Thursday, February 22, 2018

Thursday Morning Links

This and that for your Thursday reading.

- Elizabeth Piper reports on Jeremy Corbyn's much-needed declaration that under a Labour government, the financial sector will serve the public rather than the other way around. And George Monbiot comments on the role the left needs to play in reversing the accumulation of wealth and power:
(O)nce you have money and property, you can use it to accumulate more money and property, taking an ever greater share of society’s wealth, through the harvesting of economic rent. By economic rent I mean charging people over the odds to use a non-reproducible resource over which you exercise exclusive control. Think, for example, of the ridiculous price we pay in the UK for train tickets, because the train companies have us over a barrel.

By this means, through no enterprise of their own, the rich become richer and the poor become poorer. This process has no natural limits. Eventually, as we’ve seen in the past, the very rich can capture almost the entire production of society.

At this point, the debt, destitution and unemployment that results can cause economic collapse: the Great Depression is a good example.

This predicament is not a perversity of the system. It is an innate characteristic. It is bound to work this way, unless there is a political movement capable of breaking the vicious circle of wealth accumulation.
The right will never break the power of patrimonial wealth, because the right exists to defend it. But the left, when it remembers what it’s for, exists to confront it.

During the 1940s, when the left was arguably at the peak of its power in mainstream politics, the top rate of income tax in the US rose to 94%, and in the UK to 98%. Economists today look back on these rates and describe them as irrational. They argue that the Laffer Curve suggests that governments raise no further revenue above a rate of about 70%. But this is to miss the point. The point of these taxes was not just to raise revenue, but to break the power of patrimonial capital, and the vicious circle of wealth accumulation and inequality.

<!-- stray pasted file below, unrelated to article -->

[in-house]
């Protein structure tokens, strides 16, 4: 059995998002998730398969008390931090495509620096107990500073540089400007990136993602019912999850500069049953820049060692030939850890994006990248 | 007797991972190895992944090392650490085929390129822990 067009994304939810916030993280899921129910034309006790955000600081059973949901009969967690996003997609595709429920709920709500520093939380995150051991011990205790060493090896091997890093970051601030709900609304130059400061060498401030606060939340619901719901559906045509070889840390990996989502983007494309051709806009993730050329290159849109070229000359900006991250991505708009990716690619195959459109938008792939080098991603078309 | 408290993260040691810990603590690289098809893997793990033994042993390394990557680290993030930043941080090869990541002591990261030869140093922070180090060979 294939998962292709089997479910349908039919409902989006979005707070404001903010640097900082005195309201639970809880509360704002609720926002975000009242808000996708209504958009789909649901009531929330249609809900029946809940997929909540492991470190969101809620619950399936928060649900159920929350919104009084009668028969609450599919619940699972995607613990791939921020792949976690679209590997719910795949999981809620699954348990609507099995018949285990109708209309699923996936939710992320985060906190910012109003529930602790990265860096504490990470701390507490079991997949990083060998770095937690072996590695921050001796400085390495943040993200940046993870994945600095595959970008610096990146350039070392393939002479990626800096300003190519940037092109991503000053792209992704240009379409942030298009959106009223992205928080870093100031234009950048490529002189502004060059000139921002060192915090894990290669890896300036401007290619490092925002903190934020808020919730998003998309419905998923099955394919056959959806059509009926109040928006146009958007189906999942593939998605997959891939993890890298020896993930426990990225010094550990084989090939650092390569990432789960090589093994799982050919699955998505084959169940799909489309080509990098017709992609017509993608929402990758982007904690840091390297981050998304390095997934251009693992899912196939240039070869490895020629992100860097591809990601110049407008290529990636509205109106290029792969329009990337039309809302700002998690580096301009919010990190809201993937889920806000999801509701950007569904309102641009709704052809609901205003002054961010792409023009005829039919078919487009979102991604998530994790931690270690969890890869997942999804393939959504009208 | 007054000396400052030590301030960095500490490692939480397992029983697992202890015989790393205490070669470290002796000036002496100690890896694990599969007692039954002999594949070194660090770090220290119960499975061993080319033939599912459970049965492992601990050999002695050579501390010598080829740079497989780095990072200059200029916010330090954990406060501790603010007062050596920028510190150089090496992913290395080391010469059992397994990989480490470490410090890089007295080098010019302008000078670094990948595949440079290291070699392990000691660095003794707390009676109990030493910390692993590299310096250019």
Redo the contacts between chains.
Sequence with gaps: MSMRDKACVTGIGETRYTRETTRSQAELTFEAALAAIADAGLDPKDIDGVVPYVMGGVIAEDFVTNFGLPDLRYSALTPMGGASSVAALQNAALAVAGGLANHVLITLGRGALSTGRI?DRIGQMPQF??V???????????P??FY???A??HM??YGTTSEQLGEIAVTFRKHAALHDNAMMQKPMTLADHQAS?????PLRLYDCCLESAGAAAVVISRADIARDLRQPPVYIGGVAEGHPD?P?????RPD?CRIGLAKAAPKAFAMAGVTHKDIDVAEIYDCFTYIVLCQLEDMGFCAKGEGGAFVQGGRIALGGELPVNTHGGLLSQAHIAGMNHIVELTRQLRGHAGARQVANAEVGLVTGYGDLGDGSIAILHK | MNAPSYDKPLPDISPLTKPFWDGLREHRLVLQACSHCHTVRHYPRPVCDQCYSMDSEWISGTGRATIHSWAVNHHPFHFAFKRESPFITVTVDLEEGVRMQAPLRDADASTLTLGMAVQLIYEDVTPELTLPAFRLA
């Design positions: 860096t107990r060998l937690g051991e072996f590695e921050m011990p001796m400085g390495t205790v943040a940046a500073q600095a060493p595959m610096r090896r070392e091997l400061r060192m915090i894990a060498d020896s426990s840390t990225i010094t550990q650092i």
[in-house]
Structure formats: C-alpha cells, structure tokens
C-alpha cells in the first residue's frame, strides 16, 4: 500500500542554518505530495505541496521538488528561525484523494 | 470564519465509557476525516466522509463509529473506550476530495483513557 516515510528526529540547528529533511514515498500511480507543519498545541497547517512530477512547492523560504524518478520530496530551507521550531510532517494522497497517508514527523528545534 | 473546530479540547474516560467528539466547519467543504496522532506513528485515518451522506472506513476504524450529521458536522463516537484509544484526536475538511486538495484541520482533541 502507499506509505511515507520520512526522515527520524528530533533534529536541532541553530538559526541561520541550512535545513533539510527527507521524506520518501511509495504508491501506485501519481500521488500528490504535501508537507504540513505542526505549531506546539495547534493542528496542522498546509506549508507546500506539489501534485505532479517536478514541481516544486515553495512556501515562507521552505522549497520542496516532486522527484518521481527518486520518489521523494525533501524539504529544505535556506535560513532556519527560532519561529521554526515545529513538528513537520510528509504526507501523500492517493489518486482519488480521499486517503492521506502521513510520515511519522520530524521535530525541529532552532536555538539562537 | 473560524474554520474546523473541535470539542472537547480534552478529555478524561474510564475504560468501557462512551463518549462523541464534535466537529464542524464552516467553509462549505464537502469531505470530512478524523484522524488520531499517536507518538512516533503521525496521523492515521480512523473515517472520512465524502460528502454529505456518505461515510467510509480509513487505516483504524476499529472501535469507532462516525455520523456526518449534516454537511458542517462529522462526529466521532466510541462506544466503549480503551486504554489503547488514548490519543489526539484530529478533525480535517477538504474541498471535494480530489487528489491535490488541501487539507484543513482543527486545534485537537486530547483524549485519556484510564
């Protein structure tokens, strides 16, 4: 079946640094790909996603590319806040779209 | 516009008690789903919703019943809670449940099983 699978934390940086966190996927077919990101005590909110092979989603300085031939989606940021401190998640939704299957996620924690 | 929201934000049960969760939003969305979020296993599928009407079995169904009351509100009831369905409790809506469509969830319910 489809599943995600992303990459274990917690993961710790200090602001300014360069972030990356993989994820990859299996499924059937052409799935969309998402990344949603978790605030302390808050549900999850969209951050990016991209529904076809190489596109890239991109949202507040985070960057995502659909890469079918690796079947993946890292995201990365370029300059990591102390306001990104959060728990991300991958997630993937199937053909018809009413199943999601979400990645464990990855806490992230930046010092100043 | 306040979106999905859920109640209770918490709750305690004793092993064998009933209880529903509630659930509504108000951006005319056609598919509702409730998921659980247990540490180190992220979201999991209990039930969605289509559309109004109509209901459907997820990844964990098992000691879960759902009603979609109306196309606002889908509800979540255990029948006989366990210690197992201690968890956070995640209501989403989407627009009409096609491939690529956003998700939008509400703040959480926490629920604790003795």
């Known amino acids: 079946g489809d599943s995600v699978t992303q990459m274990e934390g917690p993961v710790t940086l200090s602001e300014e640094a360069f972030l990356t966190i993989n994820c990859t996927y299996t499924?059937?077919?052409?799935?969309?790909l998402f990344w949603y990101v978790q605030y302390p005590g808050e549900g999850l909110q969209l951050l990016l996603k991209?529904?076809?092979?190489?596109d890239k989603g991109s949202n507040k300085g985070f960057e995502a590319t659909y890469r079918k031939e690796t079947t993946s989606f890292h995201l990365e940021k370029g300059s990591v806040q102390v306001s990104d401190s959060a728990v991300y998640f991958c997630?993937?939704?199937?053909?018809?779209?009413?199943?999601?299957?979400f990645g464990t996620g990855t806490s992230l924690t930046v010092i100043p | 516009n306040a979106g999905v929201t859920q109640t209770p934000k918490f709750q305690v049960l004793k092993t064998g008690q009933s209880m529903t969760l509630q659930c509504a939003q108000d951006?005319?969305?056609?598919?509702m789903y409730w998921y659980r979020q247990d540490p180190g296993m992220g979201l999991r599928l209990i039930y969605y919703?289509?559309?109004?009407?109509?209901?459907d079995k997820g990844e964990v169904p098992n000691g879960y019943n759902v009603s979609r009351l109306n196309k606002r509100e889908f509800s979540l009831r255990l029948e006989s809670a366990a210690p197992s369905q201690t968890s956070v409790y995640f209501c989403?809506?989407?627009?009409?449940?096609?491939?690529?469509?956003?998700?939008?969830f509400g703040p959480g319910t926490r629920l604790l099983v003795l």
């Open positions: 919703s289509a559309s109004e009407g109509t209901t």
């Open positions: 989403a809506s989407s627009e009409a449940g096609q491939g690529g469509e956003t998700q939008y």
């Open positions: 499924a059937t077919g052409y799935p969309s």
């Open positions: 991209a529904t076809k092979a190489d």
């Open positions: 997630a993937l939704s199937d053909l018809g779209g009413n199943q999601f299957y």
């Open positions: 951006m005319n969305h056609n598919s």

- Meanwhile, Frances Ryan discusses how the UK's punitive system for social benefit recipients is doing nothing but adding gratuitous stress for people already struggling to get by.

- Mike de Souza reports on the National Energy Board's attempt to weed out staff for providing accurate information to the media. And Barry Saxifrage examines how continued expansion of the tar sands is utterly incompatible with any serious attempt to meet Canada's already-unambitious greenhouse gas emissions targets, while Marc Jaccard calls out Justin Trudeau's Orwellian attempt to claim we can only cut carbon pollution by increasing it.

- Finally, Daniel Leblanc reports on the parting message of retiring Information Commissioner Suzanne Legault - and particularly the reality that access to information isn't getting any better under the Libs than it was under the Cons. And de Souza notes that the Harper Cons' habit of muzzling federal scientists remains standard operating procedure under Trudeau.

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